There are a number of reasons why a business may decide to terminate a supplier’s contract. Usually, these will involve a failure by the supplier to meet the terms they agreed in the contract. They may fail to deliver the service or product, may deliver it late or may achieve only an unacceptably low level of quality.
In financial terms, the supplier can fail, resulting in a bankruptcy or company closure, or there may be a management takeover, resulting in a different set of priorities.
Some business find themselves locked into an expensive contract when cheaper services or products have become available elsewhere. Ending a supplier’s contract can be risky and expensive, with penalties in the contract for early termination. Here are five tips for managing this difficult issue.
1. Check Business Continuity
Make sure you have a new source of supply in place before terminating the existing supplier’s contract.
2. Document Everything
With Contract Management Software from contractswise, you have a ready-made source of documentation on the supplier’s poor performance and will have all the information you need in one place.
3. Review the Contract’s Termination Clauses
Check the Service Level Agreement for details of how the supplier should have performed. The contract may give acceptable grounds for termination and state how much notice you need to give the supplier. If there is no termination clause, you need to give “reasonable” notice, depending on factors such as the length of the contract. Check here for a summary of what the High Court has defined as “reasonable”: http://www.magrath.co.uk/high-court-considers-what-is-reasonable-notice-where-contract-is-silent-on-termination-rights.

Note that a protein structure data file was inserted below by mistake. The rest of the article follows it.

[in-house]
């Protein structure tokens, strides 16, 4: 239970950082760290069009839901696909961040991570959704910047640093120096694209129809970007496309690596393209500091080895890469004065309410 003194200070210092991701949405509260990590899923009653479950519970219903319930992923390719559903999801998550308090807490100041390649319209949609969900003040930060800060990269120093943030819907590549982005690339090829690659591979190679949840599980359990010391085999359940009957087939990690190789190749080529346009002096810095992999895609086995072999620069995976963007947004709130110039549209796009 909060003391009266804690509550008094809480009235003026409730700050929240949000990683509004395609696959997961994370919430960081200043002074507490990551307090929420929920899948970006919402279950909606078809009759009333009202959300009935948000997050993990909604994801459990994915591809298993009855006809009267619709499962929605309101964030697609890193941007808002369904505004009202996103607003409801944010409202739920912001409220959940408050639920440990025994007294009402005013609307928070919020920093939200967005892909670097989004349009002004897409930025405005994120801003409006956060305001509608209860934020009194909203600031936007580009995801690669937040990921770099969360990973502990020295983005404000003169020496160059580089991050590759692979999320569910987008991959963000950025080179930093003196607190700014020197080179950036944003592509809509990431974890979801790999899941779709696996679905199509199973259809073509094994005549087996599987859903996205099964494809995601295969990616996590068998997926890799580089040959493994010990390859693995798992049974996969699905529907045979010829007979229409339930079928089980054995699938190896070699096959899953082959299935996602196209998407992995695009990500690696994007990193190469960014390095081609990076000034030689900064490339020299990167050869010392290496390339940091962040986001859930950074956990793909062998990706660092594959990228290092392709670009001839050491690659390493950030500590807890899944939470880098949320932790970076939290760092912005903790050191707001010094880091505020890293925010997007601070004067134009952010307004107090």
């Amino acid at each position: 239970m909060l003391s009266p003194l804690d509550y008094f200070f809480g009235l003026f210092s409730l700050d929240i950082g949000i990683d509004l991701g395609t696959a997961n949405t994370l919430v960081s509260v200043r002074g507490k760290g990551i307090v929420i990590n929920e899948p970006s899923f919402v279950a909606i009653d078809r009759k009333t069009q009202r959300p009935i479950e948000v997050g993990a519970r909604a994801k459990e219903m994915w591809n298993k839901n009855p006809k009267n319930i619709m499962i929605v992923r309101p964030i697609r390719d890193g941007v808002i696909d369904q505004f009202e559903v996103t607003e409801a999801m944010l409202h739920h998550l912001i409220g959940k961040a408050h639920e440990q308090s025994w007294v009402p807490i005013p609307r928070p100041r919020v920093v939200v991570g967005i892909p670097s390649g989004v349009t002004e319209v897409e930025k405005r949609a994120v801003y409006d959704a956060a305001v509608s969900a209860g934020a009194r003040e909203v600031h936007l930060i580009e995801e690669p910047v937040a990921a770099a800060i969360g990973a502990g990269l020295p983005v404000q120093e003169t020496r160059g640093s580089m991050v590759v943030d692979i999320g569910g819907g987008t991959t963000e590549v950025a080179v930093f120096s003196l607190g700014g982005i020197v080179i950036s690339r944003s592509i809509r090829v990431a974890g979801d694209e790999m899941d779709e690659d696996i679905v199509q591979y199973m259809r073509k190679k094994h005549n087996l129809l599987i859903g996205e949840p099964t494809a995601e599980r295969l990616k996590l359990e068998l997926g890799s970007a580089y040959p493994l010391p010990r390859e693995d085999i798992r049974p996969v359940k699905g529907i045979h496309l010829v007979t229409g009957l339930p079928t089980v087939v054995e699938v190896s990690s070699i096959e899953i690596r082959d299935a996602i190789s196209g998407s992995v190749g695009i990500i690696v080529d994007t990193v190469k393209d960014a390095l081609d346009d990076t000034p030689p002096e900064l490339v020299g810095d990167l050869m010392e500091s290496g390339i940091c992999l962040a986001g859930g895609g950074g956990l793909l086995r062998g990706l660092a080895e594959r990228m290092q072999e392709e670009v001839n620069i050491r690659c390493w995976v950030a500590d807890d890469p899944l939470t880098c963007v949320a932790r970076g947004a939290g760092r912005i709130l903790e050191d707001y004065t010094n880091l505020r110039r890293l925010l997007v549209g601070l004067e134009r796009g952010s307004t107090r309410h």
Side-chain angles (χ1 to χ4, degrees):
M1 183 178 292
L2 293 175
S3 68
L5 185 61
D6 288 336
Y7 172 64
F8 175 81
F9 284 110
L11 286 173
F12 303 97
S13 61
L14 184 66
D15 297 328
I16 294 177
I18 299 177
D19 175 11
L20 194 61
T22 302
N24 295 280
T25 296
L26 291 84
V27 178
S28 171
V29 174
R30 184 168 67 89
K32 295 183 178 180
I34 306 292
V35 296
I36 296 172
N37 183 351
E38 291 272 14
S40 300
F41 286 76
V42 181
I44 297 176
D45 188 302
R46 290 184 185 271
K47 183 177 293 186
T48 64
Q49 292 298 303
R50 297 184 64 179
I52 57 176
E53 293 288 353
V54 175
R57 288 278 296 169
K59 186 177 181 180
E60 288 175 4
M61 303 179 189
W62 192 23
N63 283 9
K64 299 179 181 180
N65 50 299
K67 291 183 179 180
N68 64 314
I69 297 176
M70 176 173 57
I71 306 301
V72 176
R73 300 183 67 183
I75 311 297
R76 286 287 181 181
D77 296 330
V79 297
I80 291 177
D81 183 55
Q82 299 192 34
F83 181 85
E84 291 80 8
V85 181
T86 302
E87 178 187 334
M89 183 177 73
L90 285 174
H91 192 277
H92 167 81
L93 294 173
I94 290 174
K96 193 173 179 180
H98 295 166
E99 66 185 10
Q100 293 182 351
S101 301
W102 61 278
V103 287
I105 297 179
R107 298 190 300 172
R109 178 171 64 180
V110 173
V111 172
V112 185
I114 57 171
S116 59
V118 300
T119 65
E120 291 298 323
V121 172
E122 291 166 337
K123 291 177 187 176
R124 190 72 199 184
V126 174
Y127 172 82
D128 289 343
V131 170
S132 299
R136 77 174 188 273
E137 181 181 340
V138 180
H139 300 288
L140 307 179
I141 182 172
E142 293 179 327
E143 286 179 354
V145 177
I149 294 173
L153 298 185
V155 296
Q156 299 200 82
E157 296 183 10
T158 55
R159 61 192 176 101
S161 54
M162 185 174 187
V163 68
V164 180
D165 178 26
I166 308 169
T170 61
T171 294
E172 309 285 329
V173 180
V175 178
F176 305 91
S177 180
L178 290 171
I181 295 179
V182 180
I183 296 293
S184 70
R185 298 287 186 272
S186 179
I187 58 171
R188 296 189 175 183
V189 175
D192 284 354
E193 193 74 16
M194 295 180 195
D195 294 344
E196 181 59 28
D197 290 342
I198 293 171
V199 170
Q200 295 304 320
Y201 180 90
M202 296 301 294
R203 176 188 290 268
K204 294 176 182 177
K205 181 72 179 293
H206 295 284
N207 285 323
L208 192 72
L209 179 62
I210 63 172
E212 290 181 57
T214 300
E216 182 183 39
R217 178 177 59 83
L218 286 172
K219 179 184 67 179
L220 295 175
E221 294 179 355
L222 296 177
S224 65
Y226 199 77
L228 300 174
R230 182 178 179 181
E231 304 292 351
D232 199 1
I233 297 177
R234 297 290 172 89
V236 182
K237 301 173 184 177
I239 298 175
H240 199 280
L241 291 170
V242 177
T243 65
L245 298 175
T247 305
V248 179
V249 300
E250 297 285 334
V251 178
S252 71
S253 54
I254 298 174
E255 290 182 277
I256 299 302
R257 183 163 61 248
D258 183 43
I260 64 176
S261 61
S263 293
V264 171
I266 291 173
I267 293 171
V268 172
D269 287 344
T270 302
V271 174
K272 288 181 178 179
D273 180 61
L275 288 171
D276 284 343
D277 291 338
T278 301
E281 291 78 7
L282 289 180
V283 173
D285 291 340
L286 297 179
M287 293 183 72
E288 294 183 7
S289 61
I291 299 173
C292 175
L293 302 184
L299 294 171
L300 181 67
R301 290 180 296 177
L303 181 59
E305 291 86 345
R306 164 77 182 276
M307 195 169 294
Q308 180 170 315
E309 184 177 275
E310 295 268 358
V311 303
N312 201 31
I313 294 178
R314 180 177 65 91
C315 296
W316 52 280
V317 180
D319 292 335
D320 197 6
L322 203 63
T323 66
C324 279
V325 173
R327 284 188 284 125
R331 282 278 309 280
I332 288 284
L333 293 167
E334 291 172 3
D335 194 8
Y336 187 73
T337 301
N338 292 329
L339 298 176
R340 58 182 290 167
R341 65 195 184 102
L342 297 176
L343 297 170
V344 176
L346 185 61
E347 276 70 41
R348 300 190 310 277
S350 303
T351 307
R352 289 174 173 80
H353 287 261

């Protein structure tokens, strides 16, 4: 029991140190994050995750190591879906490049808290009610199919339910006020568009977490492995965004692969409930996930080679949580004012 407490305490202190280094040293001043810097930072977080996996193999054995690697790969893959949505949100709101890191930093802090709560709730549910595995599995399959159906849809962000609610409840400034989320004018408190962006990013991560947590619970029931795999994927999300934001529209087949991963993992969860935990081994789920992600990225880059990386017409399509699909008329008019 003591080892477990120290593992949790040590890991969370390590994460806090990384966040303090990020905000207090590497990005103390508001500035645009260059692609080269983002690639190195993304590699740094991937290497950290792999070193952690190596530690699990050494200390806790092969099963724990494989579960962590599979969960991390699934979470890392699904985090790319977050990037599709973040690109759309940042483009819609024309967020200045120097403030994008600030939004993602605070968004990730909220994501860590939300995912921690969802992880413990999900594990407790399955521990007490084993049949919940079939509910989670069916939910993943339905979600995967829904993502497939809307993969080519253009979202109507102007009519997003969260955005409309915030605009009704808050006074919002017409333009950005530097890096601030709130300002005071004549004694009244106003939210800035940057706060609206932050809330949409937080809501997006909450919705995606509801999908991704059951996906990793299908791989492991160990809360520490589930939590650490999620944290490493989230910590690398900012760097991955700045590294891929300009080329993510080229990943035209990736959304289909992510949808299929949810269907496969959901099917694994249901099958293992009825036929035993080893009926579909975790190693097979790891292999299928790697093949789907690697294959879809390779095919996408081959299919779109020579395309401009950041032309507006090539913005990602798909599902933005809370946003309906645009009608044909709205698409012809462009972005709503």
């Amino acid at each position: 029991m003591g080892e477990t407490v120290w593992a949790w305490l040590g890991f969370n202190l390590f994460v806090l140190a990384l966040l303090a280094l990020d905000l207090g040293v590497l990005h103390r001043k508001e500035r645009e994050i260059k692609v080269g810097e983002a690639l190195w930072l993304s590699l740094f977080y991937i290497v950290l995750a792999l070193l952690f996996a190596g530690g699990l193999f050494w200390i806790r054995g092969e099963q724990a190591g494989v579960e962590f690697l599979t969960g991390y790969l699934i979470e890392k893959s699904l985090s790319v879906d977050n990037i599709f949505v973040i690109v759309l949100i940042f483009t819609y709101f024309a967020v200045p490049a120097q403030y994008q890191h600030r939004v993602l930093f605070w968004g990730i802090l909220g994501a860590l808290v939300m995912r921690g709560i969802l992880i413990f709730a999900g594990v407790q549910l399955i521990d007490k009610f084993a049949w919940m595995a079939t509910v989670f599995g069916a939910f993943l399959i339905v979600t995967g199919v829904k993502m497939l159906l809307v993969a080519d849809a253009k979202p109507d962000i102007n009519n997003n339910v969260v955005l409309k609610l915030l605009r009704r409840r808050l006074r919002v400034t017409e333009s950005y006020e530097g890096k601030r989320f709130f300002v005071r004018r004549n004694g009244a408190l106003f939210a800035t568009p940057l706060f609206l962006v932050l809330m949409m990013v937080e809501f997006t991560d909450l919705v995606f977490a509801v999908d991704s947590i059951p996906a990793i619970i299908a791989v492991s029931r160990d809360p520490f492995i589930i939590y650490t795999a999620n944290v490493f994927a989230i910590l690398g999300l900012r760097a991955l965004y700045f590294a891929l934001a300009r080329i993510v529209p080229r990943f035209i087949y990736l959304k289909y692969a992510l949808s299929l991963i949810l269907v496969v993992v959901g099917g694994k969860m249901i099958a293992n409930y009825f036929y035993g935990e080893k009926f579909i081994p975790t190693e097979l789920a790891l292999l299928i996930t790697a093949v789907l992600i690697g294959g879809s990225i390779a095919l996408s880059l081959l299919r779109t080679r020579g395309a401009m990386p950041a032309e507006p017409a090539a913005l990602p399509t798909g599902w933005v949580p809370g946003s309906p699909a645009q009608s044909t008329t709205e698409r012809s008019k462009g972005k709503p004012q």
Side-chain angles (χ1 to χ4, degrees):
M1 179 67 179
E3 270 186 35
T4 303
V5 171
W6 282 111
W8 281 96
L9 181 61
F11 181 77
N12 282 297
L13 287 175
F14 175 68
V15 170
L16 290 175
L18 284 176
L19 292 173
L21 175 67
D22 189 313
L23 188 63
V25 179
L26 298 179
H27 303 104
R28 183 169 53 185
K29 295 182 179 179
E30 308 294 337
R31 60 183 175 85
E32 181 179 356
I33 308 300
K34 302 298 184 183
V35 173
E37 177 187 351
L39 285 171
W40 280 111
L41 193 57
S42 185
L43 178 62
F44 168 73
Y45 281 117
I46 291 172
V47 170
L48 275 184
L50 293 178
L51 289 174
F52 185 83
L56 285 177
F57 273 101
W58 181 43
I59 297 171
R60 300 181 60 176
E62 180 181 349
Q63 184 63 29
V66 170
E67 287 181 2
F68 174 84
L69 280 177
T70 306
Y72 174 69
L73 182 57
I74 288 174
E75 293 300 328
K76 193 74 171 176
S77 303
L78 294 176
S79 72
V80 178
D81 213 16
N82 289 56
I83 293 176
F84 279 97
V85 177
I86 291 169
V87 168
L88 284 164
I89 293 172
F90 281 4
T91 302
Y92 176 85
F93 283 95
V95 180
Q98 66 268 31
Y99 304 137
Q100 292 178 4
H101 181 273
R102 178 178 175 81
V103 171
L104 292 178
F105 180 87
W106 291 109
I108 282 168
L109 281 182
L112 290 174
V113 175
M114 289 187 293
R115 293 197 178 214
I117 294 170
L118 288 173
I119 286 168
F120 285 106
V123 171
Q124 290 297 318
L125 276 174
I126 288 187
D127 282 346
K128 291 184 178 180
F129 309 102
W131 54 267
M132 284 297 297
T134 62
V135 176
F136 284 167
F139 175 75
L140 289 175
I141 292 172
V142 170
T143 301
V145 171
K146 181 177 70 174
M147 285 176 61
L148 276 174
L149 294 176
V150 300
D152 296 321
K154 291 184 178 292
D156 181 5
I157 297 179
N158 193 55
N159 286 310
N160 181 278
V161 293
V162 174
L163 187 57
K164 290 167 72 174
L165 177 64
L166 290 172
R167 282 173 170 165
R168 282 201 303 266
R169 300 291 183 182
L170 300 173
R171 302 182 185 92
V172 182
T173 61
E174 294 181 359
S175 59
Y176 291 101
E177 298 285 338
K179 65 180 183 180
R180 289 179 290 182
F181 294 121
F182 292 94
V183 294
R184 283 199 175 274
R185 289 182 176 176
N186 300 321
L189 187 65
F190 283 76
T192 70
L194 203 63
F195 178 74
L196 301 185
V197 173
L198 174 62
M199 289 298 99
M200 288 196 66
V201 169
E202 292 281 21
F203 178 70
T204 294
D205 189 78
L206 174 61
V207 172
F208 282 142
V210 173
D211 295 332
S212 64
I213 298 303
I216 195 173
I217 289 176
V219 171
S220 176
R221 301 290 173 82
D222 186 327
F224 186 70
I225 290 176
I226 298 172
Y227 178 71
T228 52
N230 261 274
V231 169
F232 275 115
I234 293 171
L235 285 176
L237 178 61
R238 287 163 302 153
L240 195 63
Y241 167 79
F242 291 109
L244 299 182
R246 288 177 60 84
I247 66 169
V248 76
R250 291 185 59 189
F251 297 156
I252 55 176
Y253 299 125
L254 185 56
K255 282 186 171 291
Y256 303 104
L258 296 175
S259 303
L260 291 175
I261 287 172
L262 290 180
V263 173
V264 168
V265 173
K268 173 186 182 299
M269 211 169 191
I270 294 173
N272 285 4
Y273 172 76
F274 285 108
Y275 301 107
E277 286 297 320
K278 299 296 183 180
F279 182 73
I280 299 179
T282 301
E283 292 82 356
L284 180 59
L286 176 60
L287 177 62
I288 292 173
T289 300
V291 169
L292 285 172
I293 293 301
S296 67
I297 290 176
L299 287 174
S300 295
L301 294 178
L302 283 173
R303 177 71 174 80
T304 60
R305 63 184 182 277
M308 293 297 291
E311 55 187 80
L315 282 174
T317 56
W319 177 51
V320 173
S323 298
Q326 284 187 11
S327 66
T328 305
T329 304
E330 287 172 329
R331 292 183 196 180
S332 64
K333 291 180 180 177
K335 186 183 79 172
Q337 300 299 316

4. Resolve Any Outstanding Items
Either party may need to return assets, stock may need to be sent back and third party and subcontractor agreements may need to be renegotiated. There may also be outstanding invoices or other issues such as intellectual property ownership.
5. Consider Taking Legal Advice
Many suppliers will resort to legal action if they feel the contract has been unfairly terminated, and it may be advisable, if it is a large contract, to have the whole termination process professionally handled by a solicitor.
The best time to consider how to end a supplier contract is before it is agreed. Make sure that any new contracts allow the business to terminate and are explicit about grounds for doing so, notice periods and other details.